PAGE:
U library system spans campuses

Seth Woerhle

The University’s library system can seem massive and foreboding. But students armed with a general idea of which library is used for what, the help of the friendly staff and some online research tools can use the libraries quite easily.

According to the library system’s Web site, the University has the 17th largest research library in North America, with more than 5.7 million books, 45,000 magazine and journal subscriptions and thousands of microforms, government documents and maps.

All this information is housed in five buildings and 11 branch sites.

The first thing to do is point a Web browser to the library’s Web site, www.lib.umn.edu.

From there, helpful online tools and guides show where to find a particular book or magazine.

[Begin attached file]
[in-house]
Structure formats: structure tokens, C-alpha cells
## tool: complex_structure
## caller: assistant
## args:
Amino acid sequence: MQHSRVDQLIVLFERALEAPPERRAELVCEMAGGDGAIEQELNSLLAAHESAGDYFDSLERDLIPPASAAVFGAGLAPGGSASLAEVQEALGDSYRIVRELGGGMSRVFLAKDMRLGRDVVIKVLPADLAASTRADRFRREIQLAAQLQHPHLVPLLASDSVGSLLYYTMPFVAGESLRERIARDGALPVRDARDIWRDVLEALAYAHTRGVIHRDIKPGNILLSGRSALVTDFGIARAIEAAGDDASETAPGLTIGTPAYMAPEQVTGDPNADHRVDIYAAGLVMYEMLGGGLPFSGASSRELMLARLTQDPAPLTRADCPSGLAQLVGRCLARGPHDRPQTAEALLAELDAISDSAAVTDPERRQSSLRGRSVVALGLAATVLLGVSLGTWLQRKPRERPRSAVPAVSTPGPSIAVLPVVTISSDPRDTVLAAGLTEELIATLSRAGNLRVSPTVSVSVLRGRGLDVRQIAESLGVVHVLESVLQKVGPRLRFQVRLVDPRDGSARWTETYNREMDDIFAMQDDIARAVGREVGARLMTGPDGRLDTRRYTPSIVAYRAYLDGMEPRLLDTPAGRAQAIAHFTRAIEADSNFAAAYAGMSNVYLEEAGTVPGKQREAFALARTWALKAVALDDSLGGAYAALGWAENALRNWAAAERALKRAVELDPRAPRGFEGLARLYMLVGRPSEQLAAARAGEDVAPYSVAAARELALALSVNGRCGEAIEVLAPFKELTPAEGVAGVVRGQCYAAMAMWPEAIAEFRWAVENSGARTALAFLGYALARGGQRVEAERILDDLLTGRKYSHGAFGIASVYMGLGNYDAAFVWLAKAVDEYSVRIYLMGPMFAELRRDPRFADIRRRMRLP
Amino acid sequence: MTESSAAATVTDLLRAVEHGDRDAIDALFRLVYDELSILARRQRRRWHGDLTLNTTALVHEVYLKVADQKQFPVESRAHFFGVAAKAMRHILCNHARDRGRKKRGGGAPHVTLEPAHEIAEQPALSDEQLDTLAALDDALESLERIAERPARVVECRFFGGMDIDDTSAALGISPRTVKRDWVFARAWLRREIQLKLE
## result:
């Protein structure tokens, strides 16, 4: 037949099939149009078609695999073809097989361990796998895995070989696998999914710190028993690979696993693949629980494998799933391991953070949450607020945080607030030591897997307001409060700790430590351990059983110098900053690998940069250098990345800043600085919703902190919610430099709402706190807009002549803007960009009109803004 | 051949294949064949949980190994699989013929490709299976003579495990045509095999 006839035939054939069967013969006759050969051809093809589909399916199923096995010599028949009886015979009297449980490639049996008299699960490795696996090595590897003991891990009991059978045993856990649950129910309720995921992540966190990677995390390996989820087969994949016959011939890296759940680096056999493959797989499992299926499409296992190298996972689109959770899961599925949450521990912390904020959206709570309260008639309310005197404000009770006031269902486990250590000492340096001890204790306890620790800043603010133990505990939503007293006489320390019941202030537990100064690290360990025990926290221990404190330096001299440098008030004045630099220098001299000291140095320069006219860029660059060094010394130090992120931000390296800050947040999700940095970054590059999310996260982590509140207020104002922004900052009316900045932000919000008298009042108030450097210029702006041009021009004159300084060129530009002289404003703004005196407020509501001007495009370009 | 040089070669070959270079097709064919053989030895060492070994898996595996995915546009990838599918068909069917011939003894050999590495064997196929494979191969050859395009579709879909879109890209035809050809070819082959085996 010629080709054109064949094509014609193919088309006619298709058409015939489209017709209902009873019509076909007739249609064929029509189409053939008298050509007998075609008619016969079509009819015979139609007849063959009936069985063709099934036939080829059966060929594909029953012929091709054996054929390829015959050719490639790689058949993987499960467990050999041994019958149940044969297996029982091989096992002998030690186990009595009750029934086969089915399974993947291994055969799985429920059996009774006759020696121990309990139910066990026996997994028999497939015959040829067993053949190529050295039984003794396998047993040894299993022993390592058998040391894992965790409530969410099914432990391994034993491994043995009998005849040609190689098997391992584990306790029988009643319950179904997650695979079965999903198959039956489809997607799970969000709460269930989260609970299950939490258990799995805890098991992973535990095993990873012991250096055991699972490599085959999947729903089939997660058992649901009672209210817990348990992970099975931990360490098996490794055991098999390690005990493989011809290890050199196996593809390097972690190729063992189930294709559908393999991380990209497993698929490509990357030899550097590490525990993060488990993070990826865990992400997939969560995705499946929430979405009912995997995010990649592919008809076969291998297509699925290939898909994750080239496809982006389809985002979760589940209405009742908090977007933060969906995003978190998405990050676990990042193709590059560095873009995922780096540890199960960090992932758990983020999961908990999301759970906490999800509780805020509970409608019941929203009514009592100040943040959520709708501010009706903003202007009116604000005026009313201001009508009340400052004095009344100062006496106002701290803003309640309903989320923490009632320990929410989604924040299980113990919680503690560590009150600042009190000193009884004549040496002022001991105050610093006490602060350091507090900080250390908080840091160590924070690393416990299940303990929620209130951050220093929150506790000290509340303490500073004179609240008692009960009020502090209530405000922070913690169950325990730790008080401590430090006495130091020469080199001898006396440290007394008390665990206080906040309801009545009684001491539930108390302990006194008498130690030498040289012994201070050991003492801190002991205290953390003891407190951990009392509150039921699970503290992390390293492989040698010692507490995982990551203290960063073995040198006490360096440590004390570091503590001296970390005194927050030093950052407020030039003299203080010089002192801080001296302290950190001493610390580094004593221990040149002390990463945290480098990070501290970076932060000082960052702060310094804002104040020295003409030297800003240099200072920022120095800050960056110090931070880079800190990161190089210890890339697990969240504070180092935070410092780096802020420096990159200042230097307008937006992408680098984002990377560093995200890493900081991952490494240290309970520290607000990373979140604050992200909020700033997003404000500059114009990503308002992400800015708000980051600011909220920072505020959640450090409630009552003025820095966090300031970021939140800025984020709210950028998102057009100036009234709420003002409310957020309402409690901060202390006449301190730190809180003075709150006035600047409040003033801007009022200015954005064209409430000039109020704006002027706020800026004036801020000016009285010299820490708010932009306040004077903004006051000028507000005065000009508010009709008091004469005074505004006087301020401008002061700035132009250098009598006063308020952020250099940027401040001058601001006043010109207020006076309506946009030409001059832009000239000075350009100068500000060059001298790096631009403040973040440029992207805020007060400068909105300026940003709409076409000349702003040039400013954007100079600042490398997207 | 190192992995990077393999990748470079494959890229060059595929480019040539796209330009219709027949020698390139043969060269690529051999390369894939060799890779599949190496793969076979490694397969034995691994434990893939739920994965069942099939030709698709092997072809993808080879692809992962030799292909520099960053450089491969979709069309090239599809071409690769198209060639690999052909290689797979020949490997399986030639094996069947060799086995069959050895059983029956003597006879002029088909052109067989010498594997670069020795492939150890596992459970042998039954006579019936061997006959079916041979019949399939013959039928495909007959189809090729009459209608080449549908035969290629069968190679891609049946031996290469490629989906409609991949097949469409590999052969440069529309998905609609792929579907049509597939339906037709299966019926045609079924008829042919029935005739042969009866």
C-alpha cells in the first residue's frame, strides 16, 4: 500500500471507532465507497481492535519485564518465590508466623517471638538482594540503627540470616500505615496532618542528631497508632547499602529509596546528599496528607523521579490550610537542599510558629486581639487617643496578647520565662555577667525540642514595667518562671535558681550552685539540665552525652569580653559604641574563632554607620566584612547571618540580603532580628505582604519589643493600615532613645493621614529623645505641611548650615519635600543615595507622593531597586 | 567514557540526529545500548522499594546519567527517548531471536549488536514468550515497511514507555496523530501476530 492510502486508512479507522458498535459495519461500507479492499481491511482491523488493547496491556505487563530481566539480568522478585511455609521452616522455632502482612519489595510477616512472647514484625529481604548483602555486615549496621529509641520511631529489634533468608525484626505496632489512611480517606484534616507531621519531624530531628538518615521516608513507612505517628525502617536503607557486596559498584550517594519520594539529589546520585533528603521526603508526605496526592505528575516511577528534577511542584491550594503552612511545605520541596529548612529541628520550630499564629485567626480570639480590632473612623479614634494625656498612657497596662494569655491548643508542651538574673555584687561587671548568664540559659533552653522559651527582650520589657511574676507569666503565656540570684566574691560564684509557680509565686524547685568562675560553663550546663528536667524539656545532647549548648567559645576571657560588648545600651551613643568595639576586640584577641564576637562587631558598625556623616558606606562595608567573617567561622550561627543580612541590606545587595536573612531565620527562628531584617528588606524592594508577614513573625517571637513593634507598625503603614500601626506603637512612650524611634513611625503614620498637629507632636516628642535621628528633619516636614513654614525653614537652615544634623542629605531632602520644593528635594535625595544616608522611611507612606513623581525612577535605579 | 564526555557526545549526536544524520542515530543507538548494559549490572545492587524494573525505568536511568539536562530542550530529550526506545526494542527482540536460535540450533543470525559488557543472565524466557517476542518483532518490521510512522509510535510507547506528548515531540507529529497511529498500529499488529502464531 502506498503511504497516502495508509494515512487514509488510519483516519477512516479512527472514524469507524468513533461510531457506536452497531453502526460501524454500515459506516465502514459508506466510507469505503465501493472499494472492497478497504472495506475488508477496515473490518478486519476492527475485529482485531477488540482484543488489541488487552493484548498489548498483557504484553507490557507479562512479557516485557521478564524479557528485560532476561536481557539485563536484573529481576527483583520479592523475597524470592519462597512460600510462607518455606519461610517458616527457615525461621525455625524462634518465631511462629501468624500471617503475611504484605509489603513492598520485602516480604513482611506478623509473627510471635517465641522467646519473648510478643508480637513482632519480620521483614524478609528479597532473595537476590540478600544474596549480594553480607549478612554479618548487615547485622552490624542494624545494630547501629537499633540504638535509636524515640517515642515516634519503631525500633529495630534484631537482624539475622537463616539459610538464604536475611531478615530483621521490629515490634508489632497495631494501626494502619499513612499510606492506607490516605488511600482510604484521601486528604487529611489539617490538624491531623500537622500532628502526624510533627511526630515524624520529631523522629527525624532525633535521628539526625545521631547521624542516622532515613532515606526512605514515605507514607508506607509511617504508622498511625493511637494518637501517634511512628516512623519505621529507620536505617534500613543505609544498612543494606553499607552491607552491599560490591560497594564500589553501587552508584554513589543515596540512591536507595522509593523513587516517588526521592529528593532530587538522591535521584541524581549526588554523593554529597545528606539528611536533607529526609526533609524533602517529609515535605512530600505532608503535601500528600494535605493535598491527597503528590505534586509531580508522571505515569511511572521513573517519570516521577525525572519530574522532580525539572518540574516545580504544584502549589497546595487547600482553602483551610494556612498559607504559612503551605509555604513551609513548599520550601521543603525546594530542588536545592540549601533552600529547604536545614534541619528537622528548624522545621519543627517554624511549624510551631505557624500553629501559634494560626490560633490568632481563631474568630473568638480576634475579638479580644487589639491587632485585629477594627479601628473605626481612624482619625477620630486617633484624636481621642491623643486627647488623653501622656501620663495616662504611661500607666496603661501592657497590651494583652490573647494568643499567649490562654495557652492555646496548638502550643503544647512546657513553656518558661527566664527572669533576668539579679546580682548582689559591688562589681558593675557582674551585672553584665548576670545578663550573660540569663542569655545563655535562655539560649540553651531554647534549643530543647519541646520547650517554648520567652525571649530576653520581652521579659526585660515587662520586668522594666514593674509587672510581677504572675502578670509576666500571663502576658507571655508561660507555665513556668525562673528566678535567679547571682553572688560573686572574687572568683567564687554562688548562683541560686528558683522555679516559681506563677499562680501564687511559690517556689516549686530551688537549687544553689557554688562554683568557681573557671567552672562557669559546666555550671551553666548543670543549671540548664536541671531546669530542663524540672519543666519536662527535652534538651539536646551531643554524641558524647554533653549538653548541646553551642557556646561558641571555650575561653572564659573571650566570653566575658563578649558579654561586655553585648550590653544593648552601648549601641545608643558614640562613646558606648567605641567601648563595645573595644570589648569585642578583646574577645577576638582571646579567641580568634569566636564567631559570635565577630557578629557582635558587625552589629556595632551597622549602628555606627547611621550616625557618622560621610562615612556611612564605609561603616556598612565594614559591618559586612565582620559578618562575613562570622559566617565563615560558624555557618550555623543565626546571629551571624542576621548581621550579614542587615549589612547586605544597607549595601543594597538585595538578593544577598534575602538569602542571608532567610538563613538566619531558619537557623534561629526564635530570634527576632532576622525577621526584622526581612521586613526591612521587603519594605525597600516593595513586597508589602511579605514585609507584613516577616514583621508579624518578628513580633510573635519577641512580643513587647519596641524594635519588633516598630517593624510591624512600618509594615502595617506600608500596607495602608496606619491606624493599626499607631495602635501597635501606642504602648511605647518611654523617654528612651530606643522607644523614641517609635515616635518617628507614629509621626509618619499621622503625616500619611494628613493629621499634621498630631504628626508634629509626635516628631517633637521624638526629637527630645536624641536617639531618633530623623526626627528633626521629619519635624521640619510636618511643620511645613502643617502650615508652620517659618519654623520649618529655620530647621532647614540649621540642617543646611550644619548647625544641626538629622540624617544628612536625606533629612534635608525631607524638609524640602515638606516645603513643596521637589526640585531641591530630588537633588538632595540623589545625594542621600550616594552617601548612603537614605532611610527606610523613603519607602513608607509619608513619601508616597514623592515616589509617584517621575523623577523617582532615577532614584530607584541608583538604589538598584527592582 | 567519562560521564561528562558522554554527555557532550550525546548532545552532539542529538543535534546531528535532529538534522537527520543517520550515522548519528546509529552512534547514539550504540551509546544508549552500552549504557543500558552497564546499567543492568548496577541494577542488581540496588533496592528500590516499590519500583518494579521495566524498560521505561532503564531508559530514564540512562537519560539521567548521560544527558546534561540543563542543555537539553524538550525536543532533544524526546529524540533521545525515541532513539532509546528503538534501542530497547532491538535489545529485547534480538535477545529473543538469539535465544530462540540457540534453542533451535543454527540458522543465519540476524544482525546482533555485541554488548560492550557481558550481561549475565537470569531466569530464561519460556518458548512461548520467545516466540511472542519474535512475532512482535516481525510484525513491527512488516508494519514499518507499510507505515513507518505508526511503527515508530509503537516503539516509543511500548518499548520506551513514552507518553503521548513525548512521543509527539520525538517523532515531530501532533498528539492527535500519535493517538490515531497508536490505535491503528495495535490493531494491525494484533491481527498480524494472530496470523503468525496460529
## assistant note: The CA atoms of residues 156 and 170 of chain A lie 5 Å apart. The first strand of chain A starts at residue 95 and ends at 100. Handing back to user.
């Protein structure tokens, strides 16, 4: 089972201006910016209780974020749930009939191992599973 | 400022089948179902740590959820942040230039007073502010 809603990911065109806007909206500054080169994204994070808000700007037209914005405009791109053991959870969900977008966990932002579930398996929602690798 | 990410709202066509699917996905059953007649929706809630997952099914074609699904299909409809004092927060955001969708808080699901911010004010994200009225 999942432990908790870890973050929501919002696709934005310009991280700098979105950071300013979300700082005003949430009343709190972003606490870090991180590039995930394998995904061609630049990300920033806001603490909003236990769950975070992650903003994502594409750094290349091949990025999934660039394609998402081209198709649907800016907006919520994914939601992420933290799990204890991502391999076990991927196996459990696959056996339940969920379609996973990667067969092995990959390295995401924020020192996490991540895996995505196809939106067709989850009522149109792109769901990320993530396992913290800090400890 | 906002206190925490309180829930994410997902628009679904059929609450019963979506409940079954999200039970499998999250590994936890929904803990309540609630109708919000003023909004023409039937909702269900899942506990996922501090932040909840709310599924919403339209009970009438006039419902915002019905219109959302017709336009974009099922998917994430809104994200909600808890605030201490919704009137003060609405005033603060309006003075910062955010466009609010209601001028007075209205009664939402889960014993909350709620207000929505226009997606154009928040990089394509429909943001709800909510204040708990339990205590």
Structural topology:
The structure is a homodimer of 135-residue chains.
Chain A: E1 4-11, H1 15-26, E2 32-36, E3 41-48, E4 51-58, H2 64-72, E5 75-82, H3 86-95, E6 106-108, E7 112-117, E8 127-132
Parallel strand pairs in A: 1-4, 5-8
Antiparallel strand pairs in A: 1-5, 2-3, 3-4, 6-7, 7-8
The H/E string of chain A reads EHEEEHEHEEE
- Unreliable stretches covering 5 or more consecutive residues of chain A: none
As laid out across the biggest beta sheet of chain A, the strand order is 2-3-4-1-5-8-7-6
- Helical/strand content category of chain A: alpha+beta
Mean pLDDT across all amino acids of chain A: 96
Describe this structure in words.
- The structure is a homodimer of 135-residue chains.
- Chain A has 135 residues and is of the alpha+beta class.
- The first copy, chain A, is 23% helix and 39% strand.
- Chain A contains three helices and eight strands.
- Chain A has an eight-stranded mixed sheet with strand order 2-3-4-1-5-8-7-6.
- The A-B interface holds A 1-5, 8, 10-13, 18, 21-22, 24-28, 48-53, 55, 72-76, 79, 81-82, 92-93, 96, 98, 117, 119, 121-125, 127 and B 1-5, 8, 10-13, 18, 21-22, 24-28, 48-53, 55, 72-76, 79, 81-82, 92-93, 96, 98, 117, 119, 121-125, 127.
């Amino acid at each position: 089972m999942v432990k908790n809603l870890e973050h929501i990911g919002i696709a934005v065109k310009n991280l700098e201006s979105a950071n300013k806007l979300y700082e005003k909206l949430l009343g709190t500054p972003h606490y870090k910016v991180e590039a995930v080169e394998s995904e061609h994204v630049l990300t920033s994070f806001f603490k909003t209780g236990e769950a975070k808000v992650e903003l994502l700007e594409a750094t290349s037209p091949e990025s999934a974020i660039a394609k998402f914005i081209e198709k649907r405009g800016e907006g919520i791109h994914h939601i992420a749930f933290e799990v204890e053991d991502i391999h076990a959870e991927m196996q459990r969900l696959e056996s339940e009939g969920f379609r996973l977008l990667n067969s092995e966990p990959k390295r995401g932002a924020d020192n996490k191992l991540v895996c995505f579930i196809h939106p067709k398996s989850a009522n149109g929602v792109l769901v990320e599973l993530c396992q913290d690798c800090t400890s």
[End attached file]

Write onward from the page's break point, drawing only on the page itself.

From the Web it is also possible to search and browse periodical indexes, some of them full-text such as the periodical database Lexis-Nexis.

If you can’t get to the Internet, you can narrow down which library your document would be in.

West Bank

ïWilson Library contains humanities and social science collections.

Wilson Library will be offering orientation tours for new students for a month after the first day of fall classes.

ïThe Law Library contains law documents.

ïThe Elmer L. Andersen Library has the University’s special collections and archives.

East Bank

ïWalter Library normally houses the science and engineering collections, but the building is closed for renovations until fall 2001. Until then, the collection is being housed in the Norris Gym and Andersen Library.

ïThe Bio-Medical Library contains collections focusing on medicine and public health.

St. Paul Campus

ïMagrath Library houses biology and other miscellaneous collections.